Early Years

Eddie Oatley with his level luffing grab crane at our first exhibition on 29th September 1979
Eddie Oatley with his level luffing grab crane at our first exhibition on 29th September 1979

Our second and third meetings were held in St. Luke’s Church Hall, Eltham — not in the main hall where we would later meet, but in a small upstairs room. The third meeting was rather cramped so, from the next meeting, we moved to the Salvation Army Hall in Welling at the suggestion of Stan Bedford, where we remained until 9th April 1983. During our time at Welling Stan’s wife, Ivy, provided the afternoon refreshments.

Within a couple of years we were well established with a membership of a dozen or so and with a high turnout of members to each meeting.

The Meetings

The pattern of meetings was established early on with four being held every year, and membership gradually built up to 54 members by 1985, eleven of whom were juniors. (Currently we have around 50 members three of whom are juniors — although we only see one of them regularly).

The general format of the meetings has never really changed except for the model tour. At the first two or three meetings there was no formal structure — things just happened! After this we had a walkabout model tour.

As the attendance at meetings grew this became a bit unwieldy at times with the problems of people talking for too long and others falling by the wayside and having their own conversations. Around 1987 we introduced the seated talks which largely solved the problem.

From 1981 to 1988 Bert Love of the Society of Advanced Model Constructors (based in Birmingham) was a regular attendee. He would fill us in on the then current Meccano situation — the Binns Road factory had had a workers’ occupation in 1979/80 and subsequent closure so there was plenty to talk about!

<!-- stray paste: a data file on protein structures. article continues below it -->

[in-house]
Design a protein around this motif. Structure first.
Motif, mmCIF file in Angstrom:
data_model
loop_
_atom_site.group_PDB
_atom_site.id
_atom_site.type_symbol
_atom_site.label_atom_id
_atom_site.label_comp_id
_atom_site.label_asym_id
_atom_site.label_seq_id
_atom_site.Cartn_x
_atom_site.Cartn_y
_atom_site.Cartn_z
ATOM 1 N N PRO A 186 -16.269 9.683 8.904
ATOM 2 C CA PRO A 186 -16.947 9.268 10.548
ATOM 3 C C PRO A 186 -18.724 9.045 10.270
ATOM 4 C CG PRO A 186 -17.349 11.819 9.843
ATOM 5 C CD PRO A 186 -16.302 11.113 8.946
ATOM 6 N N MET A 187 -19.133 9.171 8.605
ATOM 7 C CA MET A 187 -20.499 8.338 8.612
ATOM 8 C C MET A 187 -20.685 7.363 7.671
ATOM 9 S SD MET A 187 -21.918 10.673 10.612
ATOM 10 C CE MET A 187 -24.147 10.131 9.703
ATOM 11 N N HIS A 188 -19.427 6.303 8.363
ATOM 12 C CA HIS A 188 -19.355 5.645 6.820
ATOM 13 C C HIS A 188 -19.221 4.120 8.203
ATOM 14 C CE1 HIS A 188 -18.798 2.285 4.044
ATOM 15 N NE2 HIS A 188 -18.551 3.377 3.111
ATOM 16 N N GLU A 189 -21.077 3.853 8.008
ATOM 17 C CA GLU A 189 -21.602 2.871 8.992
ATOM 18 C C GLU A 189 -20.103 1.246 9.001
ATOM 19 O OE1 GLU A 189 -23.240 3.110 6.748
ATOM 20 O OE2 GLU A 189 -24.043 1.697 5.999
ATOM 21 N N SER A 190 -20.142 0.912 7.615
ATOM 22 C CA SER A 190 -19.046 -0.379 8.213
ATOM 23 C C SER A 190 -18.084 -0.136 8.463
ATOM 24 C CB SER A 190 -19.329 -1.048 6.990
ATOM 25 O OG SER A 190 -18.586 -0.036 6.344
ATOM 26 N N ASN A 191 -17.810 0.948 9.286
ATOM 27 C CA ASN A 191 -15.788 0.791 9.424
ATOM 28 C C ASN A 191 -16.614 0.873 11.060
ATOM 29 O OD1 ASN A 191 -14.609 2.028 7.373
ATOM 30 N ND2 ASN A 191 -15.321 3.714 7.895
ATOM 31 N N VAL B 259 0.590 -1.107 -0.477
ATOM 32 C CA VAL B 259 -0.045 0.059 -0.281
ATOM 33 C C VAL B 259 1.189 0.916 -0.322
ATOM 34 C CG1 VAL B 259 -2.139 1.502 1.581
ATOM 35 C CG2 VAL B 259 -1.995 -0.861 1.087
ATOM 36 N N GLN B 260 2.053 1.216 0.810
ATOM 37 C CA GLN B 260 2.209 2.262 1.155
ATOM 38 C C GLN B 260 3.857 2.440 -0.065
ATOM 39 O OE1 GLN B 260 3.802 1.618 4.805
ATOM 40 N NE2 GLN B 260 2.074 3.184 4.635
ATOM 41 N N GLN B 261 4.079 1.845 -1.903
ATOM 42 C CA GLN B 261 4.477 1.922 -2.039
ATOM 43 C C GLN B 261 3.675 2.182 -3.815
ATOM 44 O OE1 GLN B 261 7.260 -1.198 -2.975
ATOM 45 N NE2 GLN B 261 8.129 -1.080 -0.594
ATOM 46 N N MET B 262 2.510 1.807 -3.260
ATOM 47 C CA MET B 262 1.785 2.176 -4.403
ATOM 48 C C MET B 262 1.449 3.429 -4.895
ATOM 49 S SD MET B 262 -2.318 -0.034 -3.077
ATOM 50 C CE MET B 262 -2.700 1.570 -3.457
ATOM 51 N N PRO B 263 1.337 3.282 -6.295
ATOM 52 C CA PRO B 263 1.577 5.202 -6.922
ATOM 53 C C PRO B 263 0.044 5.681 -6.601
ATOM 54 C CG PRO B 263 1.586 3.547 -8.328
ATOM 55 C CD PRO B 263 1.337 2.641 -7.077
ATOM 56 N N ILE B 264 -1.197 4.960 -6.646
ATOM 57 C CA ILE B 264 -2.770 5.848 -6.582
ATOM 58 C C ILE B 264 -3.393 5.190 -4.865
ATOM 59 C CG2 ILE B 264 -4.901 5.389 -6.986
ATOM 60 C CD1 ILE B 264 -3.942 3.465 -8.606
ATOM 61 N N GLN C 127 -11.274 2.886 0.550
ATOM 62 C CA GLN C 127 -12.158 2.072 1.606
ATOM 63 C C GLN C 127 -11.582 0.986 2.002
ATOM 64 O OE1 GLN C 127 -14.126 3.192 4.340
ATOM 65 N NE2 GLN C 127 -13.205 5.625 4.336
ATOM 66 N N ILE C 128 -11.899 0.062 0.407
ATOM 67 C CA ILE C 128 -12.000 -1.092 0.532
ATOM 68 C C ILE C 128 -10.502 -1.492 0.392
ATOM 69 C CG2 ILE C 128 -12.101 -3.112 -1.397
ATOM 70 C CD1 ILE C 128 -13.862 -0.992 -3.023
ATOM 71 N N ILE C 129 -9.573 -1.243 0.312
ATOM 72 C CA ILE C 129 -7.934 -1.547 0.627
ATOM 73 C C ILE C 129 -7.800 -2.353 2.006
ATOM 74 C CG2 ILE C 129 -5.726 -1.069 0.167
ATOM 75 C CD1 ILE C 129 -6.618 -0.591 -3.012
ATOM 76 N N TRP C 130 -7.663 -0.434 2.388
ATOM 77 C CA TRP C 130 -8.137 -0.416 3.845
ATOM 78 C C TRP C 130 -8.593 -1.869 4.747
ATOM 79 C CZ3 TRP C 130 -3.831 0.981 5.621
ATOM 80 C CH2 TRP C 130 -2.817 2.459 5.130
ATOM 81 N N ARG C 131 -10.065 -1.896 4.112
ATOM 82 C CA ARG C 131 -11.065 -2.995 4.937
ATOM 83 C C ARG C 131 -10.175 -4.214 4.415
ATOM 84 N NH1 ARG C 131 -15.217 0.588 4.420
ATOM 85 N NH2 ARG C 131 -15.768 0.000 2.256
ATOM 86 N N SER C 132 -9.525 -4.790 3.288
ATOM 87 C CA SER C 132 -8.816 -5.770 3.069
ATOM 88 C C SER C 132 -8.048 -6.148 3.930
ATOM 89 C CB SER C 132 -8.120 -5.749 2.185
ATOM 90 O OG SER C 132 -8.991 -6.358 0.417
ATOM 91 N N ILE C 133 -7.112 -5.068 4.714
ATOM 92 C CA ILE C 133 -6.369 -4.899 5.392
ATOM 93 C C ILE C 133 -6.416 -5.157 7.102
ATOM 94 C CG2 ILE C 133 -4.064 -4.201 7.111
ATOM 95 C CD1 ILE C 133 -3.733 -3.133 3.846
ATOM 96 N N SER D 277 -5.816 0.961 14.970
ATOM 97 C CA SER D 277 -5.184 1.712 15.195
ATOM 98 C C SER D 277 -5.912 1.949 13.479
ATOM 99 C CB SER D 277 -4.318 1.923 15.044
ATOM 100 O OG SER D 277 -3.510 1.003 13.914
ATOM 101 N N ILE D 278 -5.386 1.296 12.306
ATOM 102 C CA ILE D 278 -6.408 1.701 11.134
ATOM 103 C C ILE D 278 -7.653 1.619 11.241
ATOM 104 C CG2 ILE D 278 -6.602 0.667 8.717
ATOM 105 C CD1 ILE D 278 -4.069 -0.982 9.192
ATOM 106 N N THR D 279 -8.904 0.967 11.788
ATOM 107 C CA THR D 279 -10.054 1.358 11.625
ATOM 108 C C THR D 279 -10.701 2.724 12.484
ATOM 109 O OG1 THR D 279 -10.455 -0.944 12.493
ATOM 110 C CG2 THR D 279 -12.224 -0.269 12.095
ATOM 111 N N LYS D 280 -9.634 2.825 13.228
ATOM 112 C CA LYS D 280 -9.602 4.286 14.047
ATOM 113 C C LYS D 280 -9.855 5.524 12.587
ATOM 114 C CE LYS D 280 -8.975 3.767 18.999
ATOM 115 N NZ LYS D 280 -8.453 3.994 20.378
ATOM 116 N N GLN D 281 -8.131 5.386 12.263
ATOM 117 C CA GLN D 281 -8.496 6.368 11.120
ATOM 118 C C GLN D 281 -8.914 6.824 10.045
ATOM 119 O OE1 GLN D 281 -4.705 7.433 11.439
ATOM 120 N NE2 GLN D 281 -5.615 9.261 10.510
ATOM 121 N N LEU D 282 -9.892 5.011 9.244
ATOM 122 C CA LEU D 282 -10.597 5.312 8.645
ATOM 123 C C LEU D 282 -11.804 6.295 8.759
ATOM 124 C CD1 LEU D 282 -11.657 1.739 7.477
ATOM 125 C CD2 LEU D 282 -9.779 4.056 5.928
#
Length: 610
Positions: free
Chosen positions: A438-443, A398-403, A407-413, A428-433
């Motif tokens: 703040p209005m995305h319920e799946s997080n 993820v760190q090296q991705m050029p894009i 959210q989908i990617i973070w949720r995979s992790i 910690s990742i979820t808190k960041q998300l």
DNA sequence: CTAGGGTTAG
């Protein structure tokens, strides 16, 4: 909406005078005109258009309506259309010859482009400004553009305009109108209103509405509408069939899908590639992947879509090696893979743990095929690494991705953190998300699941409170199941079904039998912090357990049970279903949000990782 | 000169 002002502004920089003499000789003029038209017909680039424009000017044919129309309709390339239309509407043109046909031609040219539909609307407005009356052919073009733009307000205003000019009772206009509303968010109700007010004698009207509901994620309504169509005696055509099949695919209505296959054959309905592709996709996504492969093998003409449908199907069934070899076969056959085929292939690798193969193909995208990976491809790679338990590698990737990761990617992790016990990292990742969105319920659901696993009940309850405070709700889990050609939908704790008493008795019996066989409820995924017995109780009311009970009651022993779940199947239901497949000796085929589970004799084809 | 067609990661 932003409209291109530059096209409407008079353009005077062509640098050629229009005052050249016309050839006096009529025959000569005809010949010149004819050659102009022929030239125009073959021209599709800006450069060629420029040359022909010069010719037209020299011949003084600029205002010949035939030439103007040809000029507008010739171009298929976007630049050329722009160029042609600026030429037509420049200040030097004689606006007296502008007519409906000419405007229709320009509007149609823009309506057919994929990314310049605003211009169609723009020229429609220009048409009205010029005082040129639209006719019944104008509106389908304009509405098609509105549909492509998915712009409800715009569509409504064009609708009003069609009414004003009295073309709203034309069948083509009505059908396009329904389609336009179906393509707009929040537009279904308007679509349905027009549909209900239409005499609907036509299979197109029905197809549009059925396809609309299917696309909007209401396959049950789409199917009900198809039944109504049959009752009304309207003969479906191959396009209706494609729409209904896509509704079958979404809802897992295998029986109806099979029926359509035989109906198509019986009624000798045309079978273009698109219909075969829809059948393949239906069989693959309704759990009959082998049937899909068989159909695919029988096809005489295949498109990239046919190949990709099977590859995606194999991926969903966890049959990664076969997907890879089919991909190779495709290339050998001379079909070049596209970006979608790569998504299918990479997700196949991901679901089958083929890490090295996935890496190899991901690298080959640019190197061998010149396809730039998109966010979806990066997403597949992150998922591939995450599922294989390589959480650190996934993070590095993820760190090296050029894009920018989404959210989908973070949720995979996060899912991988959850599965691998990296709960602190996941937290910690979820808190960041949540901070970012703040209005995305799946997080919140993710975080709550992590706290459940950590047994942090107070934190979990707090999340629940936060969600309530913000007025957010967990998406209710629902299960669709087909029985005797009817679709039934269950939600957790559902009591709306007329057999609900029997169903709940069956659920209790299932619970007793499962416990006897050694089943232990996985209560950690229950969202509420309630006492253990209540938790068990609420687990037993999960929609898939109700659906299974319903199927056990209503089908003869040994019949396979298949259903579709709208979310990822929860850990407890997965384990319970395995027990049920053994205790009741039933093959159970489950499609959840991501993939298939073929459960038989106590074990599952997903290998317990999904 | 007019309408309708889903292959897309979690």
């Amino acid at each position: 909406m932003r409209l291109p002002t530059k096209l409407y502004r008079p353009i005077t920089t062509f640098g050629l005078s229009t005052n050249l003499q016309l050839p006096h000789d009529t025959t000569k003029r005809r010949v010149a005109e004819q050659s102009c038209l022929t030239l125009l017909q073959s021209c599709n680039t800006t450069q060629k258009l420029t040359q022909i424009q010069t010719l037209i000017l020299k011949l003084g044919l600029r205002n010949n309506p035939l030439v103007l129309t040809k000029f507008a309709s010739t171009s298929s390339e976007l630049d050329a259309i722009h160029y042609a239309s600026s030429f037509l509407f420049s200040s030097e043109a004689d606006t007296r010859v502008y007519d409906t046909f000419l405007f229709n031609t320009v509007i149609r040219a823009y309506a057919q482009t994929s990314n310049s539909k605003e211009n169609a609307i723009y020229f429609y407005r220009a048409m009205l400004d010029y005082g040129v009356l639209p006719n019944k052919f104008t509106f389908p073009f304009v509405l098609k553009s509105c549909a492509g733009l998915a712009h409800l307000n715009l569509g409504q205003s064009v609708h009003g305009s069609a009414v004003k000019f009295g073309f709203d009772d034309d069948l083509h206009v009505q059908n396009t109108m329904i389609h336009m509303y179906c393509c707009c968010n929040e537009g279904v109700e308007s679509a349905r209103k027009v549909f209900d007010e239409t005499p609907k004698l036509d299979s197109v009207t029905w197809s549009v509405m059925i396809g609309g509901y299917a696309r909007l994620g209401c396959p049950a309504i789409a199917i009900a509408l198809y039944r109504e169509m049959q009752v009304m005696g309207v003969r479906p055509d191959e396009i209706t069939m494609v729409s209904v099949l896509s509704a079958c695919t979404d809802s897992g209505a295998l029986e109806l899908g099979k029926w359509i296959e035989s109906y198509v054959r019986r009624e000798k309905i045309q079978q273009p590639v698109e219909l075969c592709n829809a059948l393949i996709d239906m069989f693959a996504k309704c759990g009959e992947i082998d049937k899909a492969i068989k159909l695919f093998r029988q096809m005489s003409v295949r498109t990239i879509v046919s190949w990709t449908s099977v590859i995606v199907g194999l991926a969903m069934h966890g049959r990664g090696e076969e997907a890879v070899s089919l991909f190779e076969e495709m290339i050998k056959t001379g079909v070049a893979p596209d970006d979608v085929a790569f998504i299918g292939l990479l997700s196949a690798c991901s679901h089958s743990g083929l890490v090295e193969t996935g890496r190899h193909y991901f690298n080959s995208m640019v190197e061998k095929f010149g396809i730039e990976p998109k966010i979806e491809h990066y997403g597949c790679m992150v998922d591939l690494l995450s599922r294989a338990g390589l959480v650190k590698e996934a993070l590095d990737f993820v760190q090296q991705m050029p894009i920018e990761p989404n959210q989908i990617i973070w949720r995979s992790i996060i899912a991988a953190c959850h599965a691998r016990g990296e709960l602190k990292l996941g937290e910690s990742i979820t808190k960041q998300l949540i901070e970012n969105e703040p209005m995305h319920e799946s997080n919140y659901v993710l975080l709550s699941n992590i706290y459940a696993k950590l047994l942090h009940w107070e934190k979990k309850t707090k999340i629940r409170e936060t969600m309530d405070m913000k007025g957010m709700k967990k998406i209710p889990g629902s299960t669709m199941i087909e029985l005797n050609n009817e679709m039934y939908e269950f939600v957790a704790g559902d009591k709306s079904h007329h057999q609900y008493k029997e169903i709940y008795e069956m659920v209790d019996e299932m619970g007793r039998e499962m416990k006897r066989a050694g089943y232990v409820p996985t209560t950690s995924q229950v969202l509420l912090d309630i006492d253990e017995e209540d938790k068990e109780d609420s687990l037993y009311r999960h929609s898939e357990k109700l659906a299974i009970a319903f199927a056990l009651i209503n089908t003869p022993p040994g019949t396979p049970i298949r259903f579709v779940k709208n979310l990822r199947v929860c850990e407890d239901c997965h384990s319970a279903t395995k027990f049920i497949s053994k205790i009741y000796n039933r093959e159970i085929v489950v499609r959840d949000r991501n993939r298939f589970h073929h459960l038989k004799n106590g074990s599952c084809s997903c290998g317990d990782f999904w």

He also sponsored a Junior Model Building Competition — we had ten or twelve eligible members — and the winner each time receiving a Meccano prize from Bert.

Bert was never an official member of the club, but he was subsequently made an honorary member as a token in recognition of the support he had given SELMEC over the years. He and his wife moved to Isle of Bute in Scotland, but he still kept in touch until his death in 1999.

Peter Clay, Geoff Davison, Adrian Ashford, Richard Greenshields and Charles Yearsley at our second meeting on 16th October 1976
Peter Clay, Geoff Davison, Adrian Ashford, Richard Greenshields and Charles Yearsley at our second meeting on 16th October 1976

With the membership expanding after the first few years, the hall at Welling was sometimes bulging at the seams. When Stan and his wife left the area for Bognor Regis in 1983, we had to look for another hall and here was our chance to find a bigger venue. Shrewsbury House, at the top of Shooters Hill, was tried out for one meeting, but, being too small, we then did the logical thing and moved to the same venue we’d used for the exhibitions — Sherard Hall in Eltham.